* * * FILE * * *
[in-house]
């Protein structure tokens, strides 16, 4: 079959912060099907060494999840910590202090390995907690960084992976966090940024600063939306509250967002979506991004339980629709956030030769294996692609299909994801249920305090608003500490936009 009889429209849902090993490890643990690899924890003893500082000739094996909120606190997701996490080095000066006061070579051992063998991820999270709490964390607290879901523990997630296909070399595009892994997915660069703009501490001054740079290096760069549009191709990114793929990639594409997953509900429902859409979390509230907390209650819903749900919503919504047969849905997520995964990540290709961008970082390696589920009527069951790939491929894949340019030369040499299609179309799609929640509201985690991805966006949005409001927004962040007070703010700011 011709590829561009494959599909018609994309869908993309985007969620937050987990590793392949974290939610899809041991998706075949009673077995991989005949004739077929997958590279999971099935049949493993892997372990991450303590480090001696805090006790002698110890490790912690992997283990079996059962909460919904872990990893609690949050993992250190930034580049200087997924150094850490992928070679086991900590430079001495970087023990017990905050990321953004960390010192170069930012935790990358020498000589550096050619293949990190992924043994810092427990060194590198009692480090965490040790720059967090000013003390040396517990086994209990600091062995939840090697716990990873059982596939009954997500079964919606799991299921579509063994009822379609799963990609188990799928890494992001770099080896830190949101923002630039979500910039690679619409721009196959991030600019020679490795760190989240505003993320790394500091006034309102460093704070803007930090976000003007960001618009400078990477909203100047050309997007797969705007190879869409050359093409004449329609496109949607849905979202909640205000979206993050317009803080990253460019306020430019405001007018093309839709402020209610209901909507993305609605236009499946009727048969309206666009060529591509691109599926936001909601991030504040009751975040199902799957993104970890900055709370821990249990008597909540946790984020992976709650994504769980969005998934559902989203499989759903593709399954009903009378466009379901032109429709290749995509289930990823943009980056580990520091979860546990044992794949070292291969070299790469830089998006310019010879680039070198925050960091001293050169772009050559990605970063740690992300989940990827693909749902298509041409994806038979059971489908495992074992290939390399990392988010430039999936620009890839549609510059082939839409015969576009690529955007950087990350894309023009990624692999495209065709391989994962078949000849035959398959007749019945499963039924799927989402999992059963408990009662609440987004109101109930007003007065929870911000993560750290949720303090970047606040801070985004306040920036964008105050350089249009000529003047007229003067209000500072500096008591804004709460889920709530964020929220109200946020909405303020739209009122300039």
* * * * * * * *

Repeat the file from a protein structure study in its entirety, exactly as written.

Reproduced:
[in-house]
């Protein structure tokens, strides 16, 4: 079959912060099907060494999840910590202090390995907690960084992976966090940024600063939306509250967002979506991004339980629709956030030769294996692609299909994801249920305090608003500490936009 009889429209849902090993490890643990690899924890003893500082000739094996909120606190997701996490080095000066006061070579051992063998991820999270709490964390607290879901523990997630296909070399595009892994997915660069703009501490001054740079290096760069549009191709990114793929990639594409997953509900429902859409979390509230907390209650819903749900919503919504047969849905997520995964990540290709961008970082390696589920009527069951790939491929894949340019030369040499299609179309799609929640509201985690991805966006949005409001927004962040007070703010700011 011709590829561009494959599909018609994309869908993309985007969620937050987990590793392949974290939610899809041991998706075949009673077995991989005949004739077929997958590279999971099935049949493993892997372990991450303590480090001696805090006790002698110890490790912690992997283990079996059962909460919904872990990893609690949050993992250190930034580049200087997924150094850490992928070679086991900590430079001495970087023990017990905050990321953004960390010192170069930012935790990358020498000589550096050619293949990190992924043994810092427990060194590198009692480090965490040790720059967090000013003390040396517990086994209990600091062995939840090697716990990873059982596939009954997500079964919606799991299921579509063994009822379609799963990609188990799928890494992001770099080896830190949101923002630039979500910039690679619409721009196959991030600019020679490795760190989240505003993320790394500091006034309102460093704070803007930090976000003007960001618009400078990477909203100047050309997007797969705007190879869409050359093409004449329609496109949607849905979202909640205000979206993050317009803080990253460019306020430019405001007018093309839709402020209610209901909507993305609605236009499946009727048969309206666009060529591509691109599926936001909601991030504040009751975040199902799957993104970890900055709370821990249990008597909540946790984020992976709650994504769980969005998934559902989203499989759903593709399954009903009378466009379901032109429709290749995509289930990823943009980056580990520091979860546990044992794949070292291969070299790469830089998006310019010879680039070198925050960091001293050169772009050559990605970063740690992300989940990827693909749902298509041409994806038979059971489908495992074992290939390399990392988010430039999936620009890839549609510059082939839409015969576009690529955007950087990350894309023009990624692999495209065709391989994962078949000849035959398959007749019945499963039924799927989402999992059963408990009662609440987004109101109930007003007065929870911000993560750290949720303090970047606040801070985004306040920036964008105050350089249009000529003047007229003067209000500072500096008591804004709460889920709530964020929220109200946020909405303020739209009122300039």